Memory cards for high-end digital camera users are set for a massive increase in speed within the next 18-24 months. That's according to the creators of a new format called CFast, who are preparing to announce specifications for the new standard later in the year.
The new cards are being developed by the CompactFlash Association as a long-term replacement for CompactFlash (CF) cards. These are currently used in high-end DSLR models from the likes of Nikon, Canon, Sony and Olympus.
Great for taking loads of pics in sequence
Currently, the fastest CF cards can process information at 45MB/s. However, it’s claimed that the first generation of CFast cards will be able to operate at 375MB/s – about eight times faster.
The higher speeds offered by CFast could be used to great benefit in future camera designs, particularly in situations when the photographer wants to take as many pictures in sequence as possible. With the CFast card able to accommodate data faster than has previously been possible, there would be less need for in-built buffer memory and the photographer would be able to record longer bursts.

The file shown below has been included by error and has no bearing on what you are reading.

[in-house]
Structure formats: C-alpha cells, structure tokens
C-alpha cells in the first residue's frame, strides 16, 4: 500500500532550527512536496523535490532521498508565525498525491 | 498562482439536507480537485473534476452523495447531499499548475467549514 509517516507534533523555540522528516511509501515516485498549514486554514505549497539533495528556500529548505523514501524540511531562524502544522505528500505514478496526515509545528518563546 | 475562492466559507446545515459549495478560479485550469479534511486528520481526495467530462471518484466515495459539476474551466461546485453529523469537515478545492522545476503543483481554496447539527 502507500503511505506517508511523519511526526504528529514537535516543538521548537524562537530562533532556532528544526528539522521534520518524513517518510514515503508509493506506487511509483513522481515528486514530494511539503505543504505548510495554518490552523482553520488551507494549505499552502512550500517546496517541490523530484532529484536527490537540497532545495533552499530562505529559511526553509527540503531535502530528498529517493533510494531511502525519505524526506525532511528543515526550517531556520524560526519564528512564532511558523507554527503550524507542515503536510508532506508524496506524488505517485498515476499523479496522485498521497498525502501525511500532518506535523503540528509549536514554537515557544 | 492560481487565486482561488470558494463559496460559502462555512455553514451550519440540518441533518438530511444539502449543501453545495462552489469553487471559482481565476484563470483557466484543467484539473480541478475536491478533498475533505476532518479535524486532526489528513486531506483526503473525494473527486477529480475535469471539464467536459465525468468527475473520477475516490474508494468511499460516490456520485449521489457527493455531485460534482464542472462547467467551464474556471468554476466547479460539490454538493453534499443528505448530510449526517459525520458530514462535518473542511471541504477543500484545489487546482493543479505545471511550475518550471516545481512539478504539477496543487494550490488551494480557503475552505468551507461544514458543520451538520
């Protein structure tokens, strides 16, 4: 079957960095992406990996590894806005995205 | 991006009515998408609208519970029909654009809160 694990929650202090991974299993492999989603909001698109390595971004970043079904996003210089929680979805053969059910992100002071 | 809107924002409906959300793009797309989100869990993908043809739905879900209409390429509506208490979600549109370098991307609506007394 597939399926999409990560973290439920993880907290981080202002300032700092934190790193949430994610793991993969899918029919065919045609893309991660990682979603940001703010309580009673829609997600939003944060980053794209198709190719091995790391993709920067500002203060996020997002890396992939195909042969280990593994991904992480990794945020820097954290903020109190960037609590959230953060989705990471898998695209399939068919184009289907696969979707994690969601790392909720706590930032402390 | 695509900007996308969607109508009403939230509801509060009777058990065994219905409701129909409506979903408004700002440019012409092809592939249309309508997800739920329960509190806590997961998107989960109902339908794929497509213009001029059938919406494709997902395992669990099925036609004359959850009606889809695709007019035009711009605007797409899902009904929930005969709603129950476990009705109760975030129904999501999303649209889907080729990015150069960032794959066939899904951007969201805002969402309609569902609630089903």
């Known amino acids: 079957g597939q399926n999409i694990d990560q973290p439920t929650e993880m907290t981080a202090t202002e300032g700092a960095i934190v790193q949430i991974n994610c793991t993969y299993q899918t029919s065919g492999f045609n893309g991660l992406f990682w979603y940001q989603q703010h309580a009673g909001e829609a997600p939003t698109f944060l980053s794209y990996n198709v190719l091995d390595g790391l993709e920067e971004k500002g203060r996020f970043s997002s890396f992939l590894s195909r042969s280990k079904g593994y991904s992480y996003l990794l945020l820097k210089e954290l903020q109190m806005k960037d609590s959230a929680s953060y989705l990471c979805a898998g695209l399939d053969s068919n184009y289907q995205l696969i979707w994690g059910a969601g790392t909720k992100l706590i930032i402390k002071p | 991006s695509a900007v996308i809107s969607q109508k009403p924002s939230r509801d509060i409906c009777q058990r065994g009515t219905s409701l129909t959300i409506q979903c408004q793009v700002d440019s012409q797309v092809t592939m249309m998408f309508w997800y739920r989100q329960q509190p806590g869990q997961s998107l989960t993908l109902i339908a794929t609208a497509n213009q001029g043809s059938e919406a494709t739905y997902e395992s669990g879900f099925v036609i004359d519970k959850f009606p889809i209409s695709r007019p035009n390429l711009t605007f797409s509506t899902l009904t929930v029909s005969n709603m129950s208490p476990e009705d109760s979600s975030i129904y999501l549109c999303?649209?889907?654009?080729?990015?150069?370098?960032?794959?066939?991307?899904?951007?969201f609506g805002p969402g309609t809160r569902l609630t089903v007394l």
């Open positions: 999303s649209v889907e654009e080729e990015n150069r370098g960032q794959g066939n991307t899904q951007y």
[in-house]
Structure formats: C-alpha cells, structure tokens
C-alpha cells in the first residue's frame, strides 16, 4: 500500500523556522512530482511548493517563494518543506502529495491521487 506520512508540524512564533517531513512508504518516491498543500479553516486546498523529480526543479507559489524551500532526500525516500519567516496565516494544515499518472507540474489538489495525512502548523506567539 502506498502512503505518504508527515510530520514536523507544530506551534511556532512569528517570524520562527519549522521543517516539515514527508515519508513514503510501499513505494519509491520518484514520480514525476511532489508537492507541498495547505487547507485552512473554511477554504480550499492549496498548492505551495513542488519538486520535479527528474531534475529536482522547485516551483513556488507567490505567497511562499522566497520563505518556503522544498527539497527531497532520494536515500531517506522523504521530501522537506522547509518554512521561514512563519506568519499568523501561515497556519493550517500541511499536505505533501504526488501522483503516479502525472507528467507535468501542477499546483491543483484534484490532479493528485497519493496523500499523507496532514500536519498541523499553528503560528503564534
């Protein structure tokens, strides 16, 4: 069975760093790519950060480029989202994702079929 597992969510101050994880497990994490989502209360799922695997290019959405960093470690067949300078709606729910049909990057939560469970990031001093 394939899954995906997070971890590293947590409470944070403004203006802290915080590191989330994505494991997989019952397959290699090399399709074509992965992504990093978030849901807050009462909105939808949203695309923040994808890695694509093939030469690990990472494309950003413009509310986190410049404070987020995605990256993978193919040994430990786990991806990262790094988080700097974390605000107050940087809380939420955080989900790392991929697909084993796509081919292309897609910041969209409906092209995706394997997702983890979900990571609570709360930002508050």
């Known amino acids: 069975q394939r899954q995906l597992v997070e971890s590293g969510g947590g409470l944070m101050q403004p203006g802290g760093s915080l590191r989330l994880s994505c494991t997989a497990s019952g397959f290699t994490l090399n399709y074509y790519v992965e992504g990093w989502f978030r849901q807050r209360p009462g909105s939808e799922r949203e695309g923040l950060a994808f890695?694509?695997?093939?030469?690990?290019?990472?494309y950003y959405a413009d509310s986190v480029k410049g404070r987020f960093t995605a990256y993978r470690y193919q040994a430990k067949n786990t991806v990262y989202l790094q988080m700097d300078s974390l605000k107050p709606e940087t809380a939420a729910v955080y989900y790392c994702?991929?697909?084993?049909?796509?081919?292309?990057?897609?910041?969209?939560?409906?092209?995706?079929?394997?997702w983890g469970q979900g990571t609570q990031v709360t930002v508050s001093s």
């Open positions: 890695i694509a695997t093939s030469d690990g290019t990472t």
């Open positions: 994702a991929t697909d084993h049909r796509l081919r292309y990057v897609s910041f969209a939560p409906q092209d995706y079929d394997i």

Of course, as with all new technology there’s a catch. The CFast interface isn’t the same as that employed by Compact Flash cards, meaning CF cards will not work in CFast slots and vice versa. You might want to bear that in mind before rushing out to buy a new top-end, CF-based DSLR in the next year.